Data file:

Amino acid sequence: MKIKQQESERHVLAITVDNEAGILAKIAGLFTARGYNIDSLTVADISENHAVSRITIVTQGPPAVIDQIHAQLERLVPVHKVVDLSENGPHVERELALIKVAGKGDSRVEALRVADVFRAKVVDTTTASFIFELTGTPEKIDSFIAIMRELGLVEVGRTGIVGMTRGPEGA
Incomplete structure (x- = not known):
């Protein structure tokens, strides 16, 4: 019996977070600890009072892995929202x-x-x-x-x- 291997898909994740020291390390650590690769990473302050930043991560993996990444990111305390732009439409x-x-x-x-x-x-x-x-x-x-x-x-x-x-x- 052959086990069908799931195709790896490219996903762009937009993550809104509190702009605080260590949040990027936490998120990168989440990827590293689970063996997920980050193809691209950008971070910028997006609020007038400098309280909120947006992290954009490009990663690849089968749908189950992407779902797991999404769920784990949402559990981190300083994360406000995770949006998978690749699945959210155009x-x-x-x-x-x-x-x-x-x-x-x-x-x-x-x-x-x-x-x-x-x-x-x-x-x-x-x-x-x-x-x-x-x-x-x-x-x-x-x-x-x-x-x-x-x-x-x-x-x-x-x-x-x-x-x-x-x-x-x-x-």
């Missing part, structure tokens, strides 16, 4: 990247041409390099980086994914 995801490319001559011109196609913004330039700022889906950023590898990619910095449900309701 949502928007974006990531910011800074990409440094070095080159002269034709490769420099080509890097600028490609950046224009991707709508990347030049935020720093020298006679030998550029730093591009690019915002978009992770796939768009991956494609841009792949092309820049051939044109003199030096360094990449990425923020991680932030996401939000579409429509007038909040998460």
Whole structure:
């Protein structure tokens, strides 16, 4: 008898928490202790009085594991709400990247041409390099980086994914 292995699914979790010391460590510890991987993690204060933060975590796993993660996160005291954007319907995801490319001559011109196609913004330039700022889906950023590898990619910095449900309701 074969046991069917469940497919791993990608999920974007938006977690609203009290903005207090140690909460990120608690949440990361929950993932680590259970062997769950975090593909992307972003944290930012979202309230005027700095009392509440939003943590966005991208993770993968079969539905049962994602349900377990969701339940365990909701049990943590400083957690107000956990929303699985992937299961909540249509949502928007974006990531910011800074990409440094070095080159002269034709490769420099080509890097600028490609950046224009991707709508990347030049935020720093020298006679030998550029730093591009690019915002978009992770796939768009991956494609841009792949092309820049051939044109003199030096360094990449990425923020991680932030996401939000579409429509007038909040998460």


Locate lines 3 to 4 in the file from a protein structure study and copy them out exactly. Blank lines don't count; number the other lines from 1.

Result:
């Protein structure tokens, strides 16, 4: 019996977070600890009072892995929202x-x-x-x-x- 291997898909994740020291390390650590690769990473302050930043991560993996990444990111305390732009439409x-x-x-x-x-x-x-x-x-x-x-x-x-x-x- 052959086990069908799931195709790896490219996903762009937009993550809104509190702009605080260590949040990027936490998120990168989440990827590293689970063996997920980050193809691209950008971070910028997006609020007038400098309280909120947006992290954009490009990663690849089968749908189950992407779902797991999404769920784990949402559990981190300083994360406000995770949006998978690749699945959210155009x-x-x-x-x-x-x-x-x-x-x-x-x-x-x-x-x-x-x-x-x-x-x-x-x-x-x-x-x-x-x-x-x-x-x-x-x-x-x-x-x-x-x-x-x-x-x-x-x-x-x-x-x-x-x-x-x-x-x-x-x-």
């Missing part, structure tokens, strides 16, 4: 990247041409390099980086994914 995801490319001559011109196609913004330039700022889906950023590898990619910095449900309701 949502928007974006990531910011800074990409440094070095080159002269034709490769420099080509890097600028490609950046224009991707709508990347030049935020720093020298006679030998550029730093591009690019915002978009992770796939768009991956494609841009792949092309820049051939044109003199030096360094990449990425923020991680932030996401939000579409429509007038909040998460």